- Are there state-level data or maps that can support districts in evaluating possible connectivity solutions? (Play 2)
- What connectivity challenges exist in your state – how might geography, population density, cellular coverage, or state policies/laws (e.g., rights of way, permitting requirements, moratoria on municipal broadband development) impact the types of solutions that will work in different communities across your state?
- What state-level resources exist that can support district solutions? Consider existing infrastructure resources, funding, capacity support, technical assistance resources: For example, does the state operate a research and education network (REN) that can support district connectivity? Can this existing network support community anchor institution connectivity? Can it be used to extend home connectivity to students? Is there state-owned fiber that can serve as backhaul for districts?
- Are there existing state contracts with ISPs or hardware or software vendors that can support bulk purchasing by districts?
- Develop funding formulas that address the most significant needs districts have including taking into account the percentage of students living in poverty, percentage of English learners, small, and/or rural schools.
- Communicate these solutions so districts have information on which solution(s) will be most successful in addressing their unique challenges.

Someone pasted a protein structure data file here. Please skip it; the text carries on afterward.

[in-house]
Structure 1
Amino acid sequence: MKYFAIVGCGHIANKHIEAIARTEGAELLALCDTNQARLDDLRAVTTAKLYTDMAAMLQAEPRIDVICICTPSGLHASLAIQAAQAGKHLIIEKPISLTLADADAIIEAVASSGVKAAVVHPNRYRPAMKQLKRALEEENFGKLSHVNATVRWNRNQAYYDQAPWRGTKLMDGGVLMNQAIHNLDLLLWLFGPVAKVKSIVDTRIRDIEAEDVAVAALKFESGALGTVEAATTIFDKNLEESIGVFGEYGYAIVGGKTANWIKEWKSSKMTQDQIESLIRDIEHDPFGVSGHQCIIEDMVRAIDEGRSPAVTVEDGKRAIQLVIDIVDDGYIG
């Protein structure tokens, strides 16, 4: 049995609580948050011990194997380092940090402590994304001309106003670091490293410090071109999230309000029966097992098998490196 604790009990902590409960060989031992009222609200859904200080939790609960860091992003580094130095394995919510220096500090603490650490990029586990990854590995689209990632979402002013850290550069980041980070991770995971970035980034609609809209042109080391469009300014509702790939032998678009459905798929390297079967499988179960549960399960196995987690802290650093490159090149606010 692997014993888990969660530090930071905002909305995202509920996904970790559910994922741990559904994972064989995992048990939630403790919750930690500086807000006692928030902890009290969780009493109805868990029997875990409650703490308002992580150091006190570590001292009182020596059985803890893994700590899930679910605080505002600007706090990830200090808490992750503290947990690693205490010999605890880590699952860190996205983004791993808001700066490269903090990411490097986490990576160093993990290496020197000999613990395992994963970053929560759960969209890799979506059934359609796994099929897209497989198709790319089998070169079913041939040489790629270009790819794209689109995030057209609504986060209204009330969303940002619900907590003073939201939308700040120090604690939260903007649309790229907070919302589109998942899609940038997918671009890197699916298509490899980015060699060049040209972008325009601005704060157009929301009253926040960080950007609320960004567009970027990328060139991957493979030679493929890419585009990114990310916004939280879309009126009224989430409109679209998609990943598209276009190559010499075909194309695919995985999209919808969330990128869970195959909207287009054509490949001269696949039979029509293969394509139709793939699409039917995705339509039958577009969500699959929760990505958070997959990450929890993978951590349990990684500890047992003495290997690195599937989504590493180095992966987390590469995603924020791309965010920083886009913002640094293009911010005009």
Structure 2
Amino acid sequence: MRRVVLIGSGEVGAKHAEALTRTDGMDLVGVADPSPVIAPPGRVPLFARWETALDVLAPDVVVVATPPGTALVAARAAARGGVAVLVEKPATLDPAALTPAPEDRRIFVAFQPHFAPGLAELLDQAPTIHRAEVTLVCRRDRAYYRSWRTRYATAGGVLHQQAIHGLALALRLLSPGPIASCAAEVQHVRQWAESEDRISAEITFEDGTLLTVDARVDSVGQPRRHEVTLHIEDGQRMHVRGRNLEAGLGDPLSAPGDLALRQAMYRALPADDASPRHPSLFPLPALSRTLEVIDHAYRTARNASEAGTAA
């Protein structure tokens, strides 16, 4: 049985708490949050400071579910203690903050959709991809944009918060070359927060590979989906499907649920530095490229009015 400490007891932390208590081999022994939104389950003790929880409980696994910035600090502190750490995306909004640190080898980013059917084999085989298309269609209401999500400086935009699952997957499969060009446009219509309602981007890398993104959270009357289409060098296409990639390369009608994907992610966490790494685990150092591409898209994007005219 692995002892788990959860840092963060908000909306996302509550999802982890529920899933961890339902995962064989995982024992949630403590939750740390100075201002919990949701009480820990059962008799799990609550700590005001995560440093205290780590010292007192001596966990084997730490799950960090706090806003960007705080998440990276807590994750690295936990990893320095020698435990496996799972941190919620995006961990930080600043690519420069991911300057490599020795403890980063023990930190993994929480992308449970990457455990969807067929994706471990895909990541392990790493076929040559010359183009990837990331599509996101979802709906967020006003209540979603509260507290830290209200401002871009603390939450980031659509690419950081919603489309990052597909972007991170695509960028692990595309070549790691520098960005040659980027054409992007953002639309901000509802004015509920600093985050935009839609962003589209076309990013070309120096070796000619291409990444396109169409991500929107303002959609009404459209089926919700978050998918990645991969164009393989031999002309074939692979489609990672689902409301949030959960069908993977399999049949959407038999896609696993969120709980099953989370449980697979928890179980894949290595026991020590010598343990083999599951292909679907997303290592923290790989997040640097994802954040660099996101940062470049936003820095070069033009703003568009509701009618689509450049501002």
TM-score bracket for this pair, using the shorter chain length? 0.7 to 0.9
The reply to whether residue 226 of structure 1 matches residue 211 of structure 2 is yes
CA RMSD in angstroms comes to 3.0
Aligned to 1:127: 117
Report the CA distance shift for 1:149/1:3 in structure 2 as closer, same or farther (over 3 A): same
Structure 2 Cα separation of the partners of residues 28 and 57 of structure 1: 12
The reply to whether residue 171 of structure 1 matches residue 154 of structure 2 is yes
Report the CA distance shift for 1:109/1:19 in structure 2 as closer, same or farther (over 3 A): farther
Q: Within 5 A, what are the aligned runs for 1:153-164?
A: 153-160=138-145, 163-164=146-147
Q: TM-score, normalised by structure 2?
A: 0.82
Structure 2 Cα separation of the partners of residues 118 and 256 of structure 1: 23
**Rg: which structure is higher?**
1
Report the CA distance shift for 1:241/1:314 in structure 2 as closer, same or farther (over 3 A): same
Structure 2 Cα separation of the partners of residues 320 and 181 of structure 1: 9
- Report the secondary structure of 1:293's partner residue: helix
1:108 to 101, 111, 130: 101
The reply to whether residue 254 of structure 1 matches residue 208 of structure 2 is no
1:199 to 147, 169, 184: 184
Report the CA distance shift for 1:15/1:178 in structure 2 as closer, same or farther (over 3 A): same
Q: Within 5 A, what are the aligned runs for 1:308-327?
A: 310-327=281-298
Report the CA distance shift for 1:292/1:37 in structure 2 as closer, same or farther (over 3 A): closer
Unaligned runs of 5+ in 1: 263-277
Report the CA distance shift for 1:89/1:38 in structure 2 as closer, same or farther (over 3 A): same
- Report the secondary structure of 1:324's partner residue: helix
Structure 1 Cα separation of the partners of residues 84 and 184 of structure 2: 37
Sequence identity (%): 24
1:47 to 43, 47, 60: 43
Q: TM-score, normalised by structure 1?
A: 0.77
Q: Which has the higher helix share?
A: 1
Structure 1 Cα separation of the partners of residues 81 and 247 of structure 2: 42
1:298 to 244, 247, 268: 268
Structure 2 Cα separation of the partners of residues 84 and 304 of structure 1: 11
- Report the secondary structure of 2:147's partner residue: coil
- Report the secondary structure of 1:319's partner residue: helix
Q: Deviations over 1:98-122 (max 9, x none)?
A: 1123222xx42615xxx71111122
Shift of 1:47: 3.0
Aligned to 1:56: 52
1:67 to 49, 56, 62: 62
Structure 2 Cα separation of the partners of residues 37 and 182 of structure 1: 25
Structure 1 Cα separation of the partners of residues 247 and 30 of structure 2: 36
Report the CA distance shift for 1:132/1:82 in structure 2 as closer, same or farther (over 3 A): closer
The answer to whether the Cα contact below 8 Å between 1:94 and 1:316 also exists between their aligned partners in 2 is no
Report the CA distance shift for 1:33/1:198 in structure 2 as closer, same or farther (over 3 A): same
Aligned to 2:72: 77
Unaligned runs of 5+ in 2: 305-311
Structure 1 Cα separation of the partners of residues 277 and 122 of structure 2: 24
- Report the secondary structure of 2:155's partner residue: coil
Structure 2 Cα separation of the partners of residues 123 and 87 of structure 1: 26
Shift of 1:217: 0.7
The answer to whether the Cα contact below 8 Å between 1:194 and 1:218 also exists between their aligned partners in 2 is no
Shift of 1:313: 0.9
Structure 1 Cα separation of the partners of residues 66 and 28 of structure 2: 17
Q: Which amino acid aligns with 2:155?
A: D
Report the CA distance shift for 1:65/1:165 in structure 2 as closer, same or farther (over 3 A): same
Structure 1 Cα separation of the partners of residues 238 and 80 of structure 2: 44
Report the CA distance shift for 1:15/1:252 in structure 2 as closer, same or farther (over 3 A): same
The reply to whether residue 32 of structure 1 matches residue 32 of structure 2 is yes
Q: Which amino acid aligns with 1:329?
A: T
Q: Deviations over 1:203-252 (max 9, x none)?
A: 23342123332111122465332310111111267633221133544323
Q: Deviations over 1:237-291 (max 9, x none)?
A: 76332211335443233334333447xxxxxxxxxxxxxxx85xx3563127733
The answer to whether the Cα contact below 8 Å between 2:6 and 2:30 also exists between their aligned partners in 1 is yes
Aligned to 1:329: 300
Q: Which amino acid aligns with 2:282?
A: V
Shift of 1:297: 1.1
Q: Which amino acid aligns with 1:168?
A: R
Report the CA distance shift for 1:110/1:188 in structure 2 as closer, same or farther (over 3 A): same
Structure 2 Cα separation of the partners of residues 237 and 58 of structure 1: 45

- Consider dividing solutions based on the timeline to implementation – some solutions can more quickly be implemented but may be less sustainable overtime; other solutions may require longer lead time.
- Are there particular solutions that are state supported, for example, through a state contract?
- What information is needed to help districts understand the available solutions and identify the solutions that will best meet their needs – consider including pros and cons to support district decision-making.
- Are there school districts in your state that have implemented any of the solutions on the “menu”? How can the state document these examples or connect leaders from school districts to learn more about their experience implementing a solution?
- Provide technical assistance support to districts, especially those that may benefit from additional technical capacity, to identify their key challenges and solutions.
- Can you assist small and/or rural districts in writing requests for proposals?
- Is there state capacity to support on-the-ground network assessments to help districts assess what resources they have locally and what potential challenges or barriers might exist?
- What support is available to technology directors as they build out their network? Can you provide a frequently asked question resource on E-rate funding? Can they access help through their intermediate agency?